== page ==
Sunday 24 March 2019

First migrants - but some good birds missed

This weekend saw my first visits to the patch this month.

It was nice to catch up with ADMc on Friday morning at the Budge screen, it was sunny and quite warm and felt like spring. Seven ruff  at the back of the field were newly arrived and spanking male wheatear was out on the grass in front of us. 15 Black-tailed godwits, 3 dunlin and over 90 curlew were notable.

In the bushes near the big pool, I disturbed a water rail and my first 'patch' chiffchaff was calling.

On Saturday evening, Janet and I had a wander through the dunes to the north of the Dunbar burn. In the bushes before we set off north, six reed buntings were feeding on willow catkins. No sign of the red kite that had been seen earlier on the patch  - a species that still eludes me.

In the dunes there was a mixed flock of finches and buntings which included about 12 twite, six reed buntings, eight chaffinch and 18 linnet with some goldfinches. The grey partridges have split up form their large coveys now and are now paired up. A pair of stonechats were perched up near the Dunbar burn - the male singing sweetly in the afternoon sunshine.

In the fields beyond the haul road there were at least 40 lapwing with many displaying birds. Several juveniles fledged successfully from this field last year so, being site faithful, they've come back. beyond them, in the fields a bit further away, were about 110 swans - there were certainly both mute and whooper in the herds but with only bins, it was impossible to say how many of each. We stopped by the Budge screen on the way home and watched a pair of pintail on the Budge pools.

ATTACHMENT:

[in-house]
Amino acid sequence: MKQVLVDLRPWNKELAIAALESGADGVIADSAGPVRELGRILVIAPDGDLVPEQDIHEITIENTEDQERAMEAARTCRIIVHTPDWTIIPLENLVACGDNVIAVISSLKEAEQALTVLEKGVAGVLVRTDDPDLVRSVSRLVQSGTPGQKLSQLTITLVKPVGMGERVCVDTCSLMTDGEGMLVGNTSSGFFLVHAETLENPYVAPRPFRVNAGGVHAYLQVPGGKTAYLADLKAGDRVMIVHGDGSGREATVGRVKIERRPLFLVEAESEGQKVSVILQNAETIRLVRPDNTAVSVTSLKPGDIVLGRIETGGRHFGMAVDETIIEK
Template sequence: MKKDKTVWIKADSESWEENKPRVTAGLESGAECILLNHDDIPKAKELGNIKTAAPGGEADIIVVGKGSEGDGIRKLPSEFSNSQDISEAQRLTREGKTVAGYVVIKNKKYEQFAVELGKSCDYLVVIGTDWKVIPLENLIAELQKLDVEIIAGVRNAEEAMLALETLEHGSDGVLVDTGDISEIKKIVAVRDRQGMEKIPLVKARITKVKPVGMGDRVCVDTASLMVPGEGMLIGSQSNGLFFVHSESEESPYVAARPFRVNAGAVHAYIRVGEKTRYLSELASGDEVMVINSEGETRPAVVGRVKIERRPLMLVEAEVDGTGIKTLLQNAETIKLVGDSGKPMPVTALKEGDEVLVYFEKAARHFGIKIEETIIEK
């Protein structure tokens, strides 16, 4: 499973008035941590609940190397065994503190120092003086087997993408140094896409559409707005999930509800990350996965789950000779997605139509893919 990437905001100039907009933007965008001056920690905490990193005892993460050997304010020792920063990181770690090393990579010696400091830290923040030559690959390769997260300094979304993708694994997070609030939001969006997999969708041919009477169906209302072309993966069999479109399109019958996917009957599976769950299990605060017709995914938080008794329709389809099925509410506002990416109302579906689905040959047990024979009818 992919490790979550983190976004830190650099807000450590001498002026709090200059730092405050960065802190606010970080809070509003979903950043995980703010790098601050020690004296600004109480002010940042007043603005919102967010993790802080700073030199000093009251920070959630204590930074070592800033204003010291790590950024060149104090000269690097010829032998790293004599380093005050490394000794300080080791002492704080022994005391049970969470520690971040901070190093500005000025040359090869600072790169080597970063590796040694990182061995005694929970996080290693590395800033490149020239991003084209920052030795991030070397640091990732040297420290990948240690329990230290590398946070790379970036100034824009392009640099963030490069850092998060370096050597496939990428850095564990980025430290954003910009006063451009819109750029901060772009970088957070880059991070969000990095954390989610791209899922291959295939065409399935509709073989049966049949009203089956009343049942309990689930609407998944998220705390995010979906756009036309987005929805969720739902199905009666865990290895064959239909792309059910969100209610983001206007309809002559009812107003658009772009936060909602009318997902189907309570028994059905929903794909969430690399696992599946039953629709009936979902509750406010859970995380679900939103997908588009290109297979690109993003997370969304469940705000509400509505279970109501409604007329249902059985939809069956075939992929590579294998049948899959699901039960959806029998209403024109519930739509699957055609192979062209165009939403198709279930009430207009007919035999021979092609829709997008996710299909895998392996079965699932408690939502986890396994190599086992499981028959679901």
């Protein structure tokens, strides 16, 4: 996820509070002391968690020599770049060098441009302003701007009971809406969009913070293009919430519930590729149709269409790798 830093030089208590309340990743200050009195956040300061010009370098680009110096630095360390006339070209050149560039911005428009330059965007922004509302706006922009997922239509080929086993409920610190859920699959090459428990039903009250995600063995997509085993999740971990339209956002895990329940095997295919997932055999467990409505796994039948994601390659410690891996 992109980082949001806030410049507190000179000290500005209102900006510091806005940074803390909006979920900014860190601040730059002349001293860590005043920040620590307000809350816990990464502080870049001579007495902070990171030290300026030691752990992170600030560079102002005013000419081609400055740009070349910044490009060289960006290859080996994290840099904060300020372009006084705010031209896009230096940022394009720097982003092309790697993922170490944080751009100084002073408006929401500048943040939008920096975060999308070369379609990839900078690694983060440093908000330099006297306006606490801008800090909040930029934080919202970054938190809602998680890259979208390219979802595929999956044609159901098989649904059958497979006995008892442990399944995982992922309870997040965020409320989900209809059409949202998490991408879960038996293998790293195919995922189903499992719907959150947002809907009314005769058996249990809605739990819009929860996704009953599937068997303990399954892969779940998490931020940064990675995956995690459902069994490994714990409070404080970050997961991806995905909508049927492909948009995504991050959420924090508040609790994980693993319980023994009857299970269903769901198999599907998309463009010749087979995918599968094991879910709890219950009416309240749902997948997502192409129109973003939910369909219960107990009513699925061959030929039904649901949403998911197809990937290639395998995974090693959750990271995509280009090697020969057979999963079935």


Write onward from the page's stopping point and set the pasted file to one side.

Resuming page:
Today was WeBS count day, I didn't do the count until late afternoon as we were out this morning doing a willow tit survey for RSPB. Our tetrad was west of Ellington, taking in the Linton Burn and Warkworth Lane Ponds and we were amazed to find two pairs of willow tits.

Whilst we were out reports came through of a glaucous gull and great egret on the Budge fields. I've not seen a glaucous gull on the patch for over 10 years so I would have loved to have seen that - it didn't hang around and was tracked up the coast. The pain of a patch birder...

There were no waders on the Budge fields at all. There are still decent counts of wigeon (119) and teal (92). The pintail pair were still present and a count of 47 shoveler was impressive. Two pair of red-breasted merganser looked smart on the big pool and a pair of great crested grebes look settled.

Now migration has kicked-off I'm going to adjust my work-life balance and get down to the patch a bit more often!

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